Posts Tagged ‘craft distillation’


When Craft is Crap

May 28, 2013

Gillian DiPietro, expanding on her role as Nobler Legal Counsel, passed along this troublesome piece of investigative journalism related to the surge in craft distillation. We all know the numbers by now, but they are worth repeating. According to this Atlantic piece, 81 new “craft” distilleries opened up last year bringing the U.S. total to 315. This is pretty insane considering where we were just a decade ago. But as the piece also suggests, with increased competition has come some increased funny business.

The root of the issue being the fairly flexible designation of the word “craft”. The brewing industry has run in to this issue as well, and for the most part has let the small batch beers battle it out over taste and value. But one can never forget, the power of some intelligent marketers. It seems, in one specific example in the article, a vodka being touted as a “craft” and “local” high-end product was actually pretty stock in character. Commodity neutral grain spirit, purchased through an industrial supplier, fed through some charcoal filters, bottled and labeled doesn’t exactly represent the historical spirit (see what I did there?) of distillation. And since those folks were charging a pretty penny for their product, it makes matters even worse.

But the good news is, that’s a pretty difficult scenario to pull off and maintain without getting “caught”. And it’s really only viable as a quick product solution for spirits like vodka. But I tend to agree with the writer and those he interviewed. As consumers, much of the ownership is on us. If we want to drink the best of the best (or even the cheapest of the cheapest) and have opinions on it all, we should probably do the research to know where and who is making the stuff. And I’ve got faith, because the “craft” drinkers of the world, tend to be quite interested in doing the dirty work. So bring on the “craft” spirits competition. The more the merrier.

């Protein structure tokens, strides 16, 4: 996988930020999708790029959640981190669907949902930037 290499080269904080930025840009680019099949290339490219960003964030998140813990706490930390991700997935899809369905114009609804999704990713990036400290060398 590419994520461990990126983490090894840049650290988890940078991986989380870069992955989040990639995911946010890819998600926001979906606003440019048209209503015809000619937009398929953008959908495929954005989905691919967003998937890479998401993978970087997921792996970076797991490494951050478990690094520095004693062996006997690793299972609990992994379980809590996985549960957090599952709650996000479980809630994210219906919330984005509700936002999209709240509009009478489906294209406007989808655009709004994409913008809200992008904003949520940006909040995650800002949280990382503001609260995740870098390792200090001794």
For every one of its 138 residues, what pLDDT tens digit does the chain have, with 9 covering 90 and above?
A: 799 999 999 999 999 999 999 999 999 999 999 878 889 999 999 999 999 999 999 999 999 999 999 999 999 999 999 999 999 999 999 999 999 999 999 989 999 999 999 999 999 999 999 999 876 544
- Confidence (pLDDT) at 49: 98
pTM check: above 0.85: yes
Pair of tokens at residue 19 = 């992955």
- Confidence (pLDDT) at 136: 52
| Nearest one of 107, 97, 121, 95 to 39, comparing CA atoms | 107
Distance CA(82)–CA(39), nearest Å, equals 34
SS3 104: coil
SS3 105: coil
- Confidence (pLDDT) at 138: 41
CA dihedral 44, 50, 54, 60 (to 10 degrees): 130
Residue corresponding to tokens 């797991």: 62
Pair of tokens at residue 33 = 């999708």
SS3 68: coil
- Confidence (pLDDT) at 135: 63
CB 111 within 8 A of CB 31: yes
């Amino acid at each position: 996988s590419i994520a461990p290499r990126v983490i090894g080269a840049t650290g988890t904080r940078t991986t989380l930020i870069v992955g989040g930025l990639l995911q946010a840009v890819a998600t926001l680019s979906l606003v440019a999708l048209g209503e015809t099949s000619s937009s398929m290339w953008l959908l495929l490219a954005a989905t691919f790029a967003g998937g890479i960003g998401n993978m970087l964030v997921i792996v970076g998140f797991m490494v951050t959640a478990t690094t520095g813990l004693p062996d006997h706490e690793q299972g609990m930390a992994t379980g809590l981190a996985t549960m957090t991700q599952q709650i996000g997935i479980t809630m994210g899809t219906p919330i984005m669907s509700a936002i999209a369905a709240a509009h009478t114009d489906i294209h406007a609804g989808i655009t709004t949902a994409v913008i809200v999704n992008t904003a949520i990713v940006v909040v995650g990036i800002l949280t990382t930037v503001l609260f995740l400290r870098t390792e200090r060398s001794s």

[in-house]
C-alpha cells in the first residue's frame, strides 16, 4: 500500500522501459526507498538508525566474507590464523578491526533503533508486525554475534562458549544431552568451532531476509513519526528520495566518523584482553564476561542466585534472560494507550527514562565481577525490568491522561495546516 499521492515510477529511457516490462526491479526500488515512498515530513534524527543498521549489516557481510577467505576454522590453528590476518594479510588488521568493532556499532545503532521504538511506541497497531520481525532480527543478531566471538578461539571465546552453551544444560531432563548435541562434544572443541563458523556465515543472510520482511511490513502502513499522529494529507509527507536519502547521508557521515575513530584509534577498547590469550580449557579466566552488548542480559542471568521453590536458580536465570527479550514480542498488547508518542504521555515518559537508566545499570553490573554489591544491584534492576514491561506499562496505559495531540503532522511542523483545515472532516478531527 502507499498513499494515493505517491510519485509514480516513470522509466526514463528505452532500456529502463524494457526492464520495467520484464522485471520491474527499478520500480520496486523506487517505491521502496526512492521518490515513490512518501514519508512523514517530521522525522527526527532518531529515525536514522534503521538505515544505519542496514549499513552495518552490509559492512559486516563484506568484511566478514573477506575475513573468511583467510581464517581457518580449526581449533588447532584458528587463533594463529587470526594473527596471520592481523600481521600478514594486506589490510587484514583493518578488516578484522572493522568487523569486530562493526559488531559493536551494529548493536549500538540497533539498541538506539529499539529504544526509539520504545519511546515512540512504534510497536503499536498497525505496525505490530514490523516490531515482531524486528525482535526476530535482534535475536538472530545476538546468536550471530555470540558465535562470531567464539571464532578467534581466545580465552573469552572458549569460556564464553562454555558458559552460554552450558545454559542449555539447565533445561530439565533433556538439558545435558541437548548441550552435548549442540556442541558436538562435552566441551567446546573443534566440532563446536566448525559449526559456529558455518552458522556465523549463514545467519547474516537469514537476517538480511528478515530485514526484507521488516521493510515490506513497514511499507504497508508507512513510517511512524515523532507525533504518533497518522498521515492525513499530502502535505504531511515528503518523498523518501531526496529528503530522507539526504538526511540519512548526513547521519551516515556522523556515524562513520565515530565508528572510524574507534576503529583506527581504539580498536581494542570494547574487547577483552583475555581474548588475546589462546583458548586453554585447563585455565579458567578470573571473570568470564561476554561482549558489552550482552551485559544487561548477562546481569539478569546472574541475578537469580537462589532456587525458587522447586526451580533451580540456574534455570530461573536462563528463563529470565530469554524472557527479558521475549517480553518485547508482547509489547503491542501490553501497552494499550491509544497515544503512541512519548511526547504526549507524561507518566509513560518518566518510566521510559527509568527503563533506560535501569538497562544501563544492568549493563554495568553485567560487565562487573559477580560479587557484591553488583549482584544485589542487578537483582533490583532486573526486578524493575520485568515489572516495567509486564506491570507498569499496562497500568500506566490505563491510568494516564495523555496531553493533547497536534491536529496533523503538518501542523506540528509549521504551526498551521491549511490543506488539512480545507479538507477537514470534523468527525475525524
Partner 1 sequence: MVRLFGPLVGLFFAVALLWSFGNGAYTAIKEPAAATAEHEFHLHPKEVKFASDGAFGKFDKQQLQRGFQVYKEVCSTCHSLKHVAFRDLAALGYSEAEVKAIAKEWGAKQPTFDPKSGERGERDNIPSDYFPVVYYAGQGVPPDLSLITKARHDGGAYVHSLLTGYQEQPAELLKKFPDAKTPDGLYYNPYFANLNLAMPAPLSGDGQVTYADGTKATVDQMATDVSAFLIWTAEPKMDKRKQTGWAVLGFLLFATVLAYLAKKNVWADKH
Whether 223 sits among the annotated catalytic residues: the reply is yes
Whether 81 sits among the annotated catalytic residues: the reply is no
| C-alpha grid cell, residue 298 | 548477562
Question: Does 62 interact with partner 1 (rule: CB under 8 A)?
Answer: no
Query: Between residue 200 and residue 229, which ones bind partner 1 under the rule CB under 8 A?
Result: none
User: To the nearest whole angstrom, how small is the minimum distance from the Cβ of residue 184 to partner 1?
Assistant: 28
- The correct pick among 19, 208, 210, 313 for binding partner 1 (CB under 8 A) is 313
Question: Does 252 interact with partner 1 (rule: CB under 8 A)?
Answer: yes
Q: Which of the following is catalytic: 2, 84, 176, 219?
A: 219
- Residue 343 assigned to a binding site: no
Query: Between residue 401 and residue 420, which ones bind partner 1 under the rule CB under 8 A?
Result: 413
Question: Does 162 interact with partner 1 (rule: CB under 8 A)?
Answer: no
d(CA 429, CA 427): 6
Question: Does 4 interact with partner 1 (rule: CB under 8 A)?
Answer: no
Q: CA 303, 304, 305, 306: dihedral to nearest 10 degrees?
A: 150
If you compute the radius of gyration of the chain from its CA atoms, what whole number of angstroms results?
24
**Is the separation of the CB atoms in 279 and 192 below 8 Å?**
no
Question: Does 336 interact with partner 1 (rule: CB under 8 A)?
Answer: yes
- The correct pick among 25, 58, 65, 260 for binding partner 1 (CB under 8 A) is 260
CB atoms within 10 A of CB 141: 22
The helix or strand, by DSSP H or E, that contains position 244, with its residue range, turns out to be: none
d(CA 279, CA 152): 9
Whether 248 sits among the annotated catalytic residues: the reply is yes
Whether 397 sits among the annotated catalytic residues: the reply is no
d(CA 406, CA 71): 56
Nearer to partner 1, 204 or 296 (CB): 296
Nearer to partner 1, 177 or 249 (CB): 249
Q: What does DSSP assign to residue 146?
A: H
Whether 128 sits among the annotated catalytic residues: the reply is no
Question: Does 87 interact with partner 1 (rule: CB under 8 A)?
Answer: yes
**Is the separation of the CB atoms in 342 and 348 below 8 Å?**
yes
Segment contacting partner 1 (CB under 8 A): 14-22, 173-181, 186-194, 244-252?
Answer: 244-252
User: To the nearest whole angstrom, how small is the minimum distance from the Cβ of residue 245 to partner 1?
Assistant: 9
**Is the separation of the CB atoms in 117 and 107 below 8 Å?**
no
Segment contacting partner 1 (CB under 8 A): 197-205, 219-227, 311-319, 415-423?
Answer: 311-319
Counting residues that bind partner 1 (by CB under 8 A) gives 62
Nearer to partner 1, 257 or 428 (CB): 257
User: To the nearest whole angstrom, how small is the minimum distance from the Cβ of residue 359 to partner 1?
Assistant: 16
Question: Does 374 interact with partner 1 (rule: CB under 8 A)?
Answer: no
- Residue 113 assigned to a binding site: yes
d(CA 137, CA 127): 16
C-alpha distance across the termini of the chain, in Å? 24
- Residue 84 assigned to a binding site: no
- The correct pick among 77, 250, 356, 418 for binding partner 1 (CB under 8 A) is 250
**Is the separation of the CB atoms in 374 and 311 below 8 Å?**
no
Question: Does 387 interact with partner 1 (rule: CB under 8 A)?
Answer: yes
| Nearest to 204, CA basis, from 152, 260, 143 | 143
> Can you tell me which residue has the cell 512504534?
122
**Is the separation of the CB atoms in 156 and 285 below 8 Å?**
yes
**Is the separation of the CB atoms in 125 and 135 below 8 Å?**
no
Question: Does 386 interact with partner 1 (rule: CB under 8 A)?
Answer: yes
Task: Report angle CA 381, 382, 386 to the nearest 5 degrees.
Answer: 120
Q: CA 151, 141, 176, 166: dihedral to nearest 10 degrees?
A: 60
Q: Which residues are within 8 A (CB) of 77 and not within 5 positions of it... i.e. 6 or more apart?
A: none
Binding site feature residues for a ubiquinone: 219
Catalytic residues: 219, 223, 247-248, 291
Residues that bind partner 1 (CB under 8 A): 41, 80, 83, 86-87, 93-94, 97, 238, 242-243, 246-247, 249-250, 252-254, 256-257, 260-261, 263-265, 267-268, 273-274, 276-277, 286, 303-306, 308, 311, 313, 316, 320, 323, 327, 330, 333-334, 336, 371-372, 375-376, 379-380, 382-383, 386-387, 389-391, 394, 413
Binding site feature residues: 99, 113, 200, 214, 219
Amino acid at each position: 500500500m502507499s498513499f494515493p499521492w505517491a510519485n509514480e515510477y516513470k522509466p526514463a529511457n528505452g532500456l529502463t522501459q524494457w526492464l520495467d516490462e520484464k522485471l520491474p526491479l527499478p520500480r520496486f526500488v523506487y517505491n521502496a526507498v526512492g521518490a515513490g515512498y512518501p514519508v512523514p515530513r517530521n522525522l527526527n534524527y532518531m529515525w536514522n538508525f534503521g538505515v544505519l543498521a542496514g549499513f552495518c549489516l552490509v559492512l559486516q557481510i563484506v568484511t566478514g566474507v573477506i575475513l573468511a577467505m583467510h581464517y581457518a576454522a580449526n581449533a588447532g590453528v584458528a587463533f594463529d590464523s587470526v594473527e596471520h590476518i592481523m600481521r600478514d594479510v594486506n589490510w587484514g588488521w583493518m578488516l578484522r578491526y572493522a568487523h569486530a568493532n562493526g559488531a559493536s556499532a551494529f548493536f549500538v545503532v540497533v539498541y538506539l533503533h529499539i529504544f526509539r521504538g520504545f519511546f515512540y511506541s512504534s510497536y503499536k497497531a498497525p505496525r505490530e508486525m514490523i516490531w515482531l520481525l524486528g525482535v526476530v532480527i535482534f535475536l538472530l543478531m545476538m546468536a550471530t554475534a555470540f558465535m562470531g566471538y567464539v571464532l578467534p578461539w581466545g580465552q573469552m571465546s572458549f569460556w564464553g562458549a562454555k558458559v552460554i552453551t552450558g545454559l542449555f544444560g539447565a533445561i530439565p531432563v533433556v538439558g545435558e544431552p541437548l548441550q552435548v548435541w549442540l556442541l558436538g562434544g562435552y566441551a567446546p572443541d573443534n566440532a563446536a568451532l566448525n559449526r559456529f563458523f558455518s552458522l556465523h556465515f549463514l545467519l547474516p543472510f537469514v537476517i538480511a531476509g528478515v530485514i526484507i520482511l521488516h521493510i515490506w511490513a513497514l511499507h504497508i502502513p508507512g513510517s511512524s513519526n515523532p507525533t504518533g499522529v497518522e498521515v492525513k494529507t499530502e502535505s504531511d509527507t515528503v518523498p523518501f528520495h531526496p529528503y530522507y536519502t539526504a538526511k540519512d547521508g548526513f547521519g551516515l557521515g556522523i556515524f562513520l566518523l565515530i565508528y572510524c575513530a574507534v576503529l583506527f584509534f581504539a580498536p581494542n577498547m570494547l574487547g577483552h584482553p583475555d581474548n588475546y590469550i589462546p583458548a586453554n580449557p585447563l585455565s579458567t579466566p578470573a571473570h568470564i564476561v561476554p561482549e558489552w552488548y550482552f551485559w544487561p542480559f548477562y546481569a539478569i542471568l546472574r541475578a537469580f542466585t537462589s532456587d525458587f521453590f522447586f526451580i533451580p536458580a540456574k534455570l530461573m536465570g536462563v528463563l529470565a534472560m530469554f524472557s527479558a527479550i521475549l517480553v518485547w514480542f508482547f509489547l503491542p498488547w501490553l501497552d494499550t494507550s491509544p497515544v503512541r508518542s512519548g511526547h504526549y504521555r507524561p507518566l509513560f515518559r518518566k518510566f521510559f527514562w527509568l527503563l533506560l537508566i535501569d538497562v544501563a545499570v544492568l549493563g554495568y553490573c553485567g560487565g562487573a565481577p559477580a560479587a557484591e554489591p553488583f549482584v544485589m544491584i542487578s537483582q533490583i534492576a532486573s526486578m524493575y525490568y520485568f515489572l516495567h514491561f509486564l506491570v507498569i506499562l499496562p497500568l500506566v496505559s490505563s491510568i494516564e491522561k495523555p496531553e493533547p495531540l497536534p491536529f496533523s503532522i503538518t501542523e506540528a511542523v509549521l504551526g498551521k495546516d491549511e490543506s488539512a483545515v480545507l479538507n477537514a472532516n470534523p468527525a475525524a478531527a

Photo above from The Atlantic


The Future of American Whiskey

February 23, 2012

As you probably have guessed, I’m not the only one out there who loves a good American Whiskey. Because whether you’ve been following the specifics or not, our nation’s re-birth in the whiskey world is in full-out growth mode and the obsession with small batch, craft distillation has followed suit. It really blows me away to see projections like those in this article from Serious Drinks that predict the number of American craft distilleries to balloon to over 400 by 2015. But with all the competition sure to brew (or should I say distill), I really love the model and suggestion brought out referencing true elegance in the liquor industry.

The Scotch business years ago, much like the current American Whiskey industry, grew like wildfire as the techniques and processes were perfected with local and regional practices taking shape in the form of Single Malts. But as competition grew, and “master blenders” began to tout the beauty of  blended scotch, the single malt distilleries needed to adapt to remain in business. As the article suggests, many of these single malt distilleries sell up to 90% of their output to those same “master blenders”. And the outcome is really ideal for all of us. The pressure to produce high quality single malts keeps the distilleries in business with the blenders and in parallel, allows them to remain focused on their uniqueness; the very thing that got them into business in the first place.

So looking forward, as a number of craft distilleries take form in the states, will a similar model be adapted? I think certainly some aspects will have to. Brands will have to capitalize on the quality of small batches to offer up highly marketable blends to keep a leading edge in the industry. But there is an interesting wrinkle taking shape that may provide for even more stateside excitement. As more of our craft distilleries begin production, more of them are looking to break the mold of what we know as a traditional bourbon or rye. By differentiating from the classic designations, we are in line for some pretty exciting stuff. The times of ordering just any “bourbon” are coming to an end (or probably already have) and we all stand to gain on this one. It’s time to get on board!

%d bloggers like this: